Inflation is worst for the worse off

"Essentials" increased in price by far more than the CPI last year.

Money broker Tullett Prebon has created an index of price inflation in "essentials" in Britain, which it's calling (unsurprisingly) the Tullett Prebon UK Essentials Index. It defines "essential" goods as:

  • Food, alcohol and tobacco
  • Council tax, water charges and home insurance
  • The costs of domestic heating and power, principally gas and electricity
  • Fuel, road tax and vehicle insurance
  • Train, bus and other public transport fares

(Yes, alcohol and tobacco are essentials.) Between them, those components make up 40 per cent of the RPI, with the other sixty per cent being non-essentials.

Defining the difference lets us take a look at how bad inflation is hitting just the act of day-to-day living. Tullett Prebon estimates inflation in essentials was 3.7 per cent over 2012, well above the CPI, which increased by 2.8 per cent. And, since wages have been rising below even CPI, the price of essentials has soared in comparison to income:

Between 2007 and 2012, nominal incomes expanded by 10% whilst the cost of essentials soared by more than 33%, meaning that the average working person would have been 17% worse off if he or she had spent the whole of their income on essentials.

Of course, few people do spend their entire income on essentials. However, with real incomes under pressure, and with the prices of essentials now increasing at annual rates of close to 4%, the proportion of household incomes going into essentials is clearly rising, and is set to continue to do so.

As the chart below makes clear, this is entirely a post-recession phenomenon:

It's been known that inflation is worse for the worse off for quite some time now, but it's largely been a fact bandied around by the far left. The Communist Party of Britain — that's the one which publishes the Morning Star — produced a Working Class Price Index in 2010, which made much the same point. That pegged inflation for the working class (which included a broad mixture of non-essentials as well) at over 10 per cent for some years.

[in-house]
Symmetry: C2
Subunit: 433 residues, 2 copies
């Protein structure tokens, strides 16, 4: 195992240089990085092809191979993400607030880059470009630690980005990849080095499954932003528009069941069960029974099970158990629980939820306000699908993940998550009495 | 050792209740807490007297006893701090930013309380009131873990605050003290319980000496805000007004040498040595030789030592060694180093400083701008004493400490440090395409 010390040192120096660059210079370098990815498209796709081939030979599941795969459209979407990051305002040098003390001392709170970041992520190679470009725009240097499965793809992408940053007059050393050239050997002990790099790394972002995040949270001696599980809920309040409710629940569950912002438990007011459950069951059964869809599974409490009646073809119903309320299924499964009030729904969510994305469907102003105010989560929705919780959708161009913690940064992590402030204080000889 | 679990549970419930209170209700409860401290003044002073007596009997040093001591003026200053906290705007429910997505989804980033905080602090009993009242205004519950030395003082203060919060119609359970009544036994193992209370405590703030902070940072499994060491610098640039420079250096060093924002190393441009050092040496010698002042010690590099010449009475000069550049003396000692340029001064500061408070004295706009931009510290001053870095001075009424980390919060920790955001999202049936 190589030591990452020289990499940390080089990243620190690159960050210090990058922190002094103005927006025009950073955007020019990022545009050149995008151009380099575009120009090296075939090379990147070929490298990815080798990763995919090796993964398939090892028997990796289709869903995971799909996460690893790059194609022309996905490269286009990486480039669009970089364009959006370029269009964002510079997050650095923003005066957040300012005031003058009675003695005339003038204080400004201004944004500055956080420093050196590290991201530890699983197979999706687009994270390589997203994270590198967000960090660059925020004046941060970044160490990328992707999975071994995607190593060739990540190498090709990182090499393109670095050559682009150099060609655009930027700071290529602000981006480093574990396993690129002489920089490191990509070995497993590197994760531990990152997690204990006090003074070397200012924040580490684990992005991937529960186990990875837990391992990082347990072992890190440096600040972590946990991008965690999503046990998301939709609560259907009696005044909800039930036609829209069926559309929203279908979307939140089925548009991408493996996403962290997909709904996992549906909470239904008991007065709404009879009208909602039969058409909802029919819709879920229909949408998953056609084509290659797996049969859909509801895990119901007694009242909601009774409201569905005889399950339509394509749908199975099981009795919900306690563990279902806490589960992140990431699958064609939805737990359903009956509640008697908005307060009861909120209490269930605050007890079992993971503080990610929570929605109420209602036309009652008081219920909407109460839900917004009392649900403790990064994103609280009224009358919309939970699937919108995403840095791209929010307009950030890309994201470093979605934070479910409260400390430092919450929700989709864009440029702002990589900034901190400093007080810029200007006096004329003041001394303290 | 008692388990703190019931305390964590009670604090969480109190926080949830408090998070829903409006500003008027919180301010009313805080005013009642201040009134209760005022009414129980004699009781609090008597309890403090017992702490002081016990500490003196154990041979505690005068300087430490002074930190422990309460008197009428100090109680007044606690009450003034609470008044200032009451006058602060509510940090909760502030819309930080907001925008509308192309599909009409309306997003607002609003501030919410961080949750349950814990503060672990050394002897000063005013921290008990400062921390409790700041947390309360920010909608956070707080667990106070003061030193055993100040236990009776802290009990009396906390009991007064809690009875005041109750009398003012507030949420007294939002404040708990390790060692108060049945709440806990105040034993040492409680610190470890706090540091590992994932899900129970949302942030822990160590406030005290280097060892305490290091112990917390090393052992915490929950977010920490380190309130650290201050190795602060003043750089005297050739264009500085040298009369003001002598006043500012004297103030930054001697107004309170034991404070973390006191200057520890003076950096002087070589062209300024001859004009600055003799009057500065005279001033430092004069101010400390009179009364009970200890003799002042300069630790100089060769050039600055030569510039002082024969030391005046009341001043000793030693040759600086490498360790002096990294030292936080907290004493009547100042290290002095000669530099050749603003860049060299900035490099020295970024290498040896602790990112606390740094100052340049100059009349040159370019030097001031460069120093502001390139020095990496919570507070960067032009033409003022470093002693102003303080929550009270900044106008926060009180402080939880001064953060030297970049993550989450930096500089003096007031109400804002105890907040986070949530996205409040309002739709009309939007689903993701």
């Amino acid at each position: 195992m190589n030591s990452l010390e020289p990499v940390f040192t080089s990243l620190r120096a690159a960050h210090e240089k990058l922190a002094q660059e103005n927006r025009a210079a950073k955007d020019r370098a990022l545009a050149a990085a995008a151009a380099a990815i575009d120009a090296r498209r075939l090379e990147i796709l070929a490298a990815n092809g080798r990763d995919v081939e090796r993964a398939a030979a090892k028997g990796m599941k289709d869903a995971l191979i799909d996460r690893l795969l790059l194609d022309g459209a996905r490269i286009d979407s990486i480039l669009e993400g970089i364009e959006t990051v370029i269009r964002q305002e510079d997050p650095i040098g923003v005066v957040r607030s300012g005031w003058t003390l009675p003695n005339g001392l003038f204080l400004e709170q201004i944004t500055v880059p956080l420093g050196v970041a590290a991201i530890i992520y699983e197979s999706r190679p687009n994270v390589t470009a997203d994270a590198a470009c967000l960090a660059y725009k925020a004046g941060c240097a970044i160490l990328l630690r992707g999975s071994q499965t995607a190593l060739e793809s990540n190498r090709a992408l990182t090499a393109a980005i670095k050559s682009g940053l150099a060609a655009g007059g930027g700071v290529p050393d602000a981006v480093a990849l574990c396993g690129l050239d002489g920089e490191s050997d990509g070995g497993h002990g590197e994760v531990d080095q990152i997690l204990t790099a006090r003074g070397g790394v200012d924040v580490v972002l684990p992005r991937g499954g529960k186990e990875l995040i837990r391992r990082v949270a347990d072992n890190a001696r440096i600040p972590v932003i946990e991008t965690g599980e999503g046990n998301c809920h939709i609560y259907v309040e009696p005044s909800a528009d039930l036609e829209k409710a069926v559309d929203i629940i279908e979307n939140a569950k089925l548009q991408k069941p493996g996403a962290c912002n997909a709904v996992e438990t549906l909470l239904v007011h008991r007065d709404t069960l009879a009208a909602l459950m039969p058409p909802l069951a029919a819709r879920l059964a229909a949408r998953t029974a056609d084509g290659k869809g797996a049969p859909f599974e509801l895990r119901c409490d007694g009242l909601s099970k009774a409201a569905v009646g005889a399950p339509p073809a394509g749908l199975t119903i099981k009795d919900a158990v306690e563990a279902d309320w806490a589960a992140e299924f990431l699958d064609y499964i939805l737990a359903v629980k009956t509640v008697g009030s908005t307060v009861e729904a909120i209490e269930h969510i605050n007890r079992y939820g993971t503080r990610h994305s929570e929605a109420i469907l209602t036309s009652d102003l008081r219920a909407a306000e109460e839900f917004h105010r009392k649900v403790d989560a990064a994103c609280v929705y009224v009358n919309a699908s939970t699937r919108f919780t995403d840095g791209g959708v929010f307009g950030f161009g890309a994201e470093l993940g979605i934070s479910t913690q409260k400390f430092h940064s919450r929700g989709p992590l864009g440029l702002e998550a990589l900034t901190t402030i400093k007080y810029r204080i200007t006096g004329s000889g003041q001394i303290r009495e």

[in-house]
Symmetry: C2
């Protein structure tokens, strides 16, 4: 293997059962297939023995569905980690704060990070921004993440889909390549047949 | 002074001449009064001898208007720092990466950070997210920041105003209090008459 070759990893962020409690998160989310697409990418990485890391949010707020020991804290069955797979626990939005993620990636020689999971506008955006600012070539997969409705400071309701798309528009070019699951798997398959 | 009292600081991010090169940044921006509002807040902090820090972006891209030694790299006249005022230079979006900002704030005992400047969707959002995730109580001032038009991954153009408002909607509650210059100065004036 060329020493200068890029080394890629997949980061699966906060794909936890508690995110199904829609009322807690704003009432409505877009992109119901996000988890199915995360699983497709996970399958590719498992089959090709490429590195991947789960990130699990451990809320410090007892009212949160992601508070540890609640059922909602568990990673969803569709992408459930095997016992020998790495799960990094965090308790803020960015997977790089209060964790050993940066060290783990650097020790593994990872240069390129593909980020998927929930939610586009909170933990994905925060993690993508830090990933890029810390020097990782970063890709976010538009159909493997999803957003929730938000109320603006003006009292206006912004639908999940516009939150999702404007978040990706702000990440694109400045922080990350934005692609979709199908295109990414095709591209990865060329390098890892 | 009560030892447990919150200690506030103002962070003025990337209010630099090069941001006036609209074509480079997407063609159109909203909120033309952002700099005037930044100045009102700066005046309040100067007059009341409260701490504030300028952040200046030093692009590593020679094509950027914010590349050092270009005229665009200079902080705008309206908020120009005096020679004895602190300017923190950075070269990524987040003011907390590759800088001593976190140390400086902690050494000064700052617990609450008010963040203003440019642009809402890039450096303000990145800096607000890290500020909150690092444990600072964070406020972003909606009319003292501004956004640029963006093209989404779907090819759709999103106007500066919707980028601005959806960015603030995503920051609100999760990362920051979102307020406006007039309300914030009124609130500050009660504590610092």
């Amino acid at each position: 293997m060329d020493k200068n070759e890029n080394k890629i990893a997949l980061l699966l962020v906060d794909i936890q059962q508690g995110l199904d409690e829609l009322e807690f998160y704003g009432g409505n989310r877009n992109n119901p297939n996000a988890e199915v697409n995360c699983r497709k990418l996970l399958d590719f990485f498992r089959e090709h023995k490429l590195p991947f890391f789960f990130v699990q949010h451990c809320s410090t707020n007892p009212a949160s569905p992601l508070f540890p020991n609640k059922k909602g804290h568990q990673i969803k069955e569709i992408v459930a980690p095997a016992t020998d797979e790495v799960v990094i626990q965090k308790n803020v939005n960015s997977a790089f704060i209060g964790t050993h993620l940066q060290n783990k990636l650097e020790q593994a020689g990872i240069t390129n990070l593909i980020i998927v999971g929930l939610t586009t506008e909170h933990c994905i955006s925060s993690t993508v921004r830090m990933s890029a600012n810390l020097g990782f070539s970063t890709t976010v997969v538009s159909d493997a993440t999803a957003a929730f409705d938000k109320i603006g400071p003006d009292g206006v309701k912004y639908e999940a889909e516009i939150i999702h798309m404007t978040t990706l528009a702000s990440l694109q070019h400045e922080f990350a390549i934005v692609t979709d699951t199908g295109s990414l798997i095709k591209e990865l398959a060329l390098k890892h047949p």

This isn't quite the same point as the one made by those at the intersection of compassionate conservatism and inflation hawkishness, which is that high inflation disproportionately hits the poor. That may or may not be true — I'm inclined to think it does, but not as much as high unemployment and low growth does, and insofar as inflation hawks call for that trade-off they're being disingenuous — but what is true is that whatever the headline rate of inflation is, if you're poor, life is getting more expensive much faster than that indicates.

One final point (I think made originally by Left Outside) is that a closer look at the categories which count as essentials reveals a far greater extent of government control over prices than is normal. Council tax, road tax and almost all public transport fares are set (in aggregate) by the government; a massive proportion of the cost of alcohol, tobacco, fuel and heating and power is similarly driven by taxation.

As a result, standard understanding of inflation goes out the window. There is no intrinsic link between monetary policy and the rate of inflation for "essentials", because the prices aren't set by the market. It's a rare situation where the government could have its cake and eat it; it could implement expansionary monetary policy to boost demand, while at the same time capping, temporarily, rises in those direct regressive taxes and fares to below inflation.

But for that to happen, there first needs to be wider understanding of the problem. That's why the essentials index is an important piece of research, and worth keeping an eye on.

Updated to replace the giant picture of some rice with the chart which was actually supposed to be there.

Photograph: Getty Images

Alex Hern is a technology reporter for the Guardian. He was formerly staff writer at the New Statesman. You should follow Alex on Twitter.

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Celebrate Labour's electoral success - but don't forget the working class

The shutting down of genuine, constructive debate on the left is the great danger we face. 

In the moment when the exit poll was released on 8 June, after seven weeks of slogging up and down the streets of Britain, dealing with scepticism, doubt and sometimes downright hostility, we felt a combination of relief, optimism, even euphoria.